Kun Shan "Joey" Chun, 46, admitted in federal court in Manhattan on Monday that he violated his security clearance on several occasions between 2011 and 2016 in an effort to pass on secret information to China in exchange for money.
Chun is a 19-year FBI veteran from Brooklyn who was born in China but was employed by the FBI in 1997. His duties with the FBI included "accessing sensitive and, in some instance, classified information."
The g-man, as a double agent, sent confidential government information – including the identity and travel plans of an FBI special agent, the internal structure of the FBI and spying technology used by the Bureau – to a Chinese official.
Chun, who was initially arrested in March, got a top secret security clearance in 1998, at the time he did not reveal he had ties to China.
A court document unsealed on Monday stated Chun had built relationships with associates in China since 2006 and had ties to China-based Zhuhai Kolion Technology Company and one individual who described himself as a Chinese government official.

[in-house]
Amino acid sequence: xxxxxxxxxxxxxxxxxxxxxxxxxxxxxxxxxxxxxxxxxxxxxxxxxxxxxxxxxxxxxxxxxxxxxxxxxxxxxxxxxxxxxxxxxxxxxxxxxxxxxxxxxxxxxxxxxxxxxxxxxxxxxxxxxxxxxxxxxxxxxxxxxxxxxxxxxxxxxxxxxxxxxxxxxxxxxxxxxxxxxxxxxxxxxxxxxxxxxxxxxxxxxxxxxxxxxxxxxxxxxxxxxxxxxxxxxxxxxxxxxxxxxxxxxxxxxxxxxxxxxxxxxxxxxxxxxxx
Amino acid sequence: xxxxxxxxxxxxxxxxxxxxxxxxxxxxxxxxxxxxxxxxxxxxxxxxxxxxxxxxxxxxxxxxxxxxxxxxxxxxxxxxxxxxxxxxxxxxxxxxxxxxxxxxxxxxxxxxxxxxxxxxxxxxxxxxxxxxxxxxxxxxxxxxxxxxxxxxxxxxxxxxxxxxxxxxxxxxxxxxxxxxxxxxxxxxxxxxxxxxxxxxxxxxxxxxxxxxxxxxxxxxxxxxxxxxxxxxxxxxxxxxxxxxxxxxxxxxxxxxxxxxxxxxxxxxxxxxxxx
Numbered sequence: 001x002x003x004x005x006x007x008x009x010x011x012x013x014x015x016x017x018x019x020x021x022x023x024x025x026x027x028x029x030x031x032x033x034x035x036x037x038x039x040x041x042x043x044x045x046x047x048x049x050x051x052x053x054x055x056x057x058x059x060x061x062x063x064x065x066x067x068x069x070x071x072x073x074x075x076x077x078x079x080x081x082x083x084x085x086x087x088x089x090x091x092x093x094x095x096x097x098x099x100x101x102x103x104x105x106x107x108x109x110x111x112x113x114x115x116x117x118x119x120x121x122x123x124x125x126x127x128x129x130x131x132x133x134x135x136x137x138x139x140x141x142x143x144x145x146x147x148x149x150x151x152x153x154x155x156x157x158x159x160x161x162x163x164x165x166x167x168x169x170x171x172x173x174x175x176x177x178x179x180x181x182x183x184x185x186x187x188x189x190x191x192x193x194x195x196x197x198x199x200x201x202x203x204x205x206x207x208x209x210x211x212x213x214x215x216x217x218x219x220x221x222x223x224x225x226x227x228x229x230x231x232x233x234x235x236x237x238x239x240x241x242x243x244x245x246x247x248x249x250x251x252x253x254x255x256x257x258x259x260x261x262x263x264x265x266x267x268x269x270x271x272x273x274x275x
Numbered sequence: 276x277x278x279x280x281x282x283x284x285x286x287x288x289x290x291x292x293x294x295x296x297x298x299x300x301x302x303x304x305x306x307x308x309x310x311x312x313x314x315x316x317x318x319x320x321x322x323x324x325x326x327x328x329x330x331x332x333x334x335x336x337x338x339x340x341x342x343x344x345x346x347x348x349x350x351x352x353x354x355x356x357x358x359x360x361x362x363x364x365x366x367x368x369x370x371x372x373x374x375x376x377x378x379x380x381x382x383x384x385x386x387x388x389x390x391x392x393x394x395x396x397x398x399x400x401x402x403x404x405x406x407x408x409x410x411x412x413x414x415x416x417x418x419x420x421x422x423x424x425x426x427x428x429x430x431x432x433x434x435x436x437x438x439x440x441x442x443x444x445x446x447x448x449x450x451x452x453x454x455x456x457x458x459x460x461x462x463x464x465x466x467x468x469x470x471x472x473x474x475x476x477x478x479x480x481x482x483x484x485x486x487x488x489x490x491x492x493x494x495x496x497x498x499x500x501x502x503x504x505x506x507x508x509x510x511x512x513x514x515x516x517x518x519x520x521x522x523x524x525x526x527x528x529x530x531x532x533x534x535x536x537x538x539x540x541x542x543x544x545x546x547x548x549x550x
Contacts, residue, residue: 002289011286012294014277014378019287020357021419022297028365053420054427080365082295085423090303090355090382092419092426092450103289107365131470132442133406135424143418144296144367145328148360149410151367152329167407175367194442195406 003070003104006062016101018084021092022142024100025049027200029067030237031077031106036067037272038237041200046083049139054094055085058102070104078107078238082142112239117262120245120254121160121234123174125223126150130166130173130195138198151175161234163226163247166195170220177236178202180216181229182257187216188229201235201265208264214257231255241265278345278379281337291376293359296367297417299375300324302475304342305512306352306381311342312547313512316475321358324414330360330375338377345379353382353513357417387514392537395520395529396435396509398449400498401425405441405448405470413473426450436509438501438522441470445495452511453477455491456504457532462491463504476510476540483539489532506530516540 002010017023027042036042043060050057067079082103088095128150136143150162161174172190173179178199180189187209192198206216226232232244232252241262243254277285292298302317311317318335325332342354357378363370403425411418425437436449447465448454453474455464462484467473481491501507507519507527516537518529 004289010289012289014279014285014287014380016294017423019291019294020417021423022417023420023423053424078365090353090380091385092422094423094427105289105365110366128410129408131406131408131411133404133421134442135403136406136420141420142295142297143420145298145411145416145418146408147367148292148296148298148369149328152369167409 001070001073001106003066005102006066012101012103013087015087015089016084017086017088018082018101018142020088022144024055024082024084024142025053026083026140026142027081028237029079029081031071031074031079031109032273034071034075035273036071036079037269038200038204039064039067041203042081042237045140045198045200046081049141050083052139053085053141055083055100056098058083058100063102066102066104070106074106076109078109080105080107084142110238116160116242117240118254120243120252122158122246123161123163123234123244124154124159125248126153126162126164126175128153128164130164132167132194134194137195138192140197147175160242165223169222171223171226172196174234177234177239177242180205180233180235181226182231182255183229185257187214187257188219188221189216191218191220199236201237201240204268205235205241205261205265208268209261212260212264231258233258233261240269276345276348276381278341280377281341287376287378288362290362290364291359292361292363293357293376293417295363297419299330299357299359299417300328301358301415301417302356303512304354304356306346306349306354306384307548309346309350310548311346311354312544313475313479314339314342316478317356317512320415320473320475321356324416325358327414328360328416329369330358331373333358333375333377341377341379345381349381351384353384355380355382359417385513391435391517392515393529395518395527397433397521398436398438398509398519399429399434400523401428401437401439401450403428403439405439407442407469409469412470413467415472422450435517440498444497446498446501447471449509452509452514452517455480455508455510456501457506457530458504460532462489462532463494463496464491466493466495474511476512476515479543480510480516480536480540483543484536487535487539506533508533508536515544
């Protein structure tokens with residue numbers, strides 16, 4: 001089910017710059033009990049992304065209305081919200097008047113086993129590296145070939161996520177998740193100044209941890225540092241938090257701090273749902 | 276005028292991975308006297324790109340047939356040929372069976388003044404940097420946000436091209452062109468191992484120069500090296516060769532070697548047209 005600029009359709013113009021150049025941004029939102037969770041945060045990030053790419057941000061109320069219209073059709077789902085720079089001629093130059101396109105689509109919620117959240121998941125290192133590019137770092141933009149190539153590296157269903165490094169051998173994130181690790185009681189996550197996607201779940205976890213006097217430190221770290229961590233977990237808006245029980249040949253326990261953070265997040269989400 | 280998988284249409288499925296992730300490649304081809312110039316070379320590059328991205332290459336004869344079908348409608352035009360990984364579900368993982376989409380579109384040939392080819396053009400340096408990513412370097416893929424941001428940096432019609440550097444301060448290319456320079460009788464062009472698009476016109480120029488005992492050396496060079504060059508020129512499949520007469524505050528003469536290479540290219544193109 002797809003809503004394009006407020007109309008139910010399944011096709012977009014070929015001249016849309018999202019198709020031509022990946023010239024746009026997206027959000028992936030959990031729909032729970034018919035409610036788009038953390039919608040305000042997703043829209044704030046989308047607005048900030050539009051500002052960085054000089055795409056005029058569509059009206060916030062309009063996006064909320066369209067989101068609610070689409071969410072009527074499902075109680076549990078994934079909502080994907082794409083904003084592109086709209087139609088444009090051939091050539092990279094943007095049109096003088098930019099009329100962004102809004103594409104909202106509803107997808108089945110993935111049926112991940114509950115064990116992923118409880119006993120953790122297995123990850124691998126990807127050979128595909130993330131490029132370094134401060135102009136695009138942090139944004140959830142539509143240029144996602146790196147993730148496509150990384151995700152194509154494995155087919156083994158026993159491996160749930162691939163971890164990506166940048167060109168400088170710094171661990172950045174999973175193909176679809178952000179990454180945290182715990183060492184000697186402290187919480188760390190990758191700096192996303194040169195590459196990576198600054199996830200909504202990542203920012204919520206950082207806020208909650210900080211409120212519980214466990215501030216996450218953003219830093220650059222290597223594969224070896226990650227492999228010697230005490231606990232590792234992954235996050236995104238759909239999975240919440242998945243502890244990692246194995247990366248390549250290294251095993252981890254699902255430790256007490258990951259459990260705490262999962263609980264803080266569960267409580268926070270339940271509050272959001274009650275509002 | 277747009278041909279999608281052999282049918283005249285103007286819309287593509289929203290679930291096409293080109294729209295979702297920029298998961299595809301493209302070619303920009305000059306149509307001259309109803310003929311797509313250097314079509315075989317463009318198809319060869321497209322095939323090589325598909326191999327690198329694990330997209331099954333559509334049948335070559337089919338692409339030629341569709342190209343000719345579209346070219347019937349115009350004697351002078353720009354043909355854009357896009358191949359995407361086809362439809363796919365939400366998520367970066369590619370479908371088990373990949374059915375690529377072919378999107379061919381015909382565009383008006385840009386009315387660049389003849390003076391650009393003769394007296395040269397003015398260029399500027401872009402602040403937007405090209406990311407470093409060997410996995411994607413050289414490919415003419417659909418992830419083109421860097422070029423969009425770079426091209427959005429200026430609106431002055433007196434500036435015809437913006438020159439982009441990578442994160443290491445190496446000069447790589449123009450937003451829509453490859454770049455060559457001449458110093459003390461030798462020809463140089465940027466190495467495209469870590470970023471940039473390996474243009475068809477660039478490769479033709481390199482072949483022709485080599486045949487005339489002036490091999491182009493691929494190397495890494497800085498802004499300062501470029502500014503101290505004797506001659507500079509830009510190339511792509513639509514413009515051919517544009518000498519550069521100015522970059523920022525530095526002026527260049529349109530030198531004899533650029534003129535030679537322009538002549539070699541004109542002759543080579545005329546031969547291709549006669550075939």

Chun acted as a double agent – working both for the FBI and China – and began passing sensitive information to the Chinese official between 2011 and 2016.
In addition, Chun had long-standing and illegal ties to China-based Zhuhai Kolion Technology Company, for which he did research and consulting work, including collecting information about flash drive tech.
In exchange for his research, Chun was paid-for vacations and nights with prostitutes by Zhuhai Kolion Technology, and his parents were given money, officials said.
Preet Bharara, Manhattan’s top prosecutor, said the crime "betrays our nation and threatens our security. When the perpetrator is an FBI employee, like Kun Shan Chun, the threat is all the more serious and the betrayal all the more duplicitous."
Chun was caught by a fellow FBI undercover agent, who posed as a contractor for the Department of Defense (DoD) in a 2015 sting operation.
The techie fell for the trap and recruited the agent to pass on "sensitive information to his Chinese associates," in exchange for a cut of any profits.
The maximum sentence for Chun's criminal charge is ten years behind bars. He was released on bail following the court hearing. He is scheduled to be sentenced on 2 December.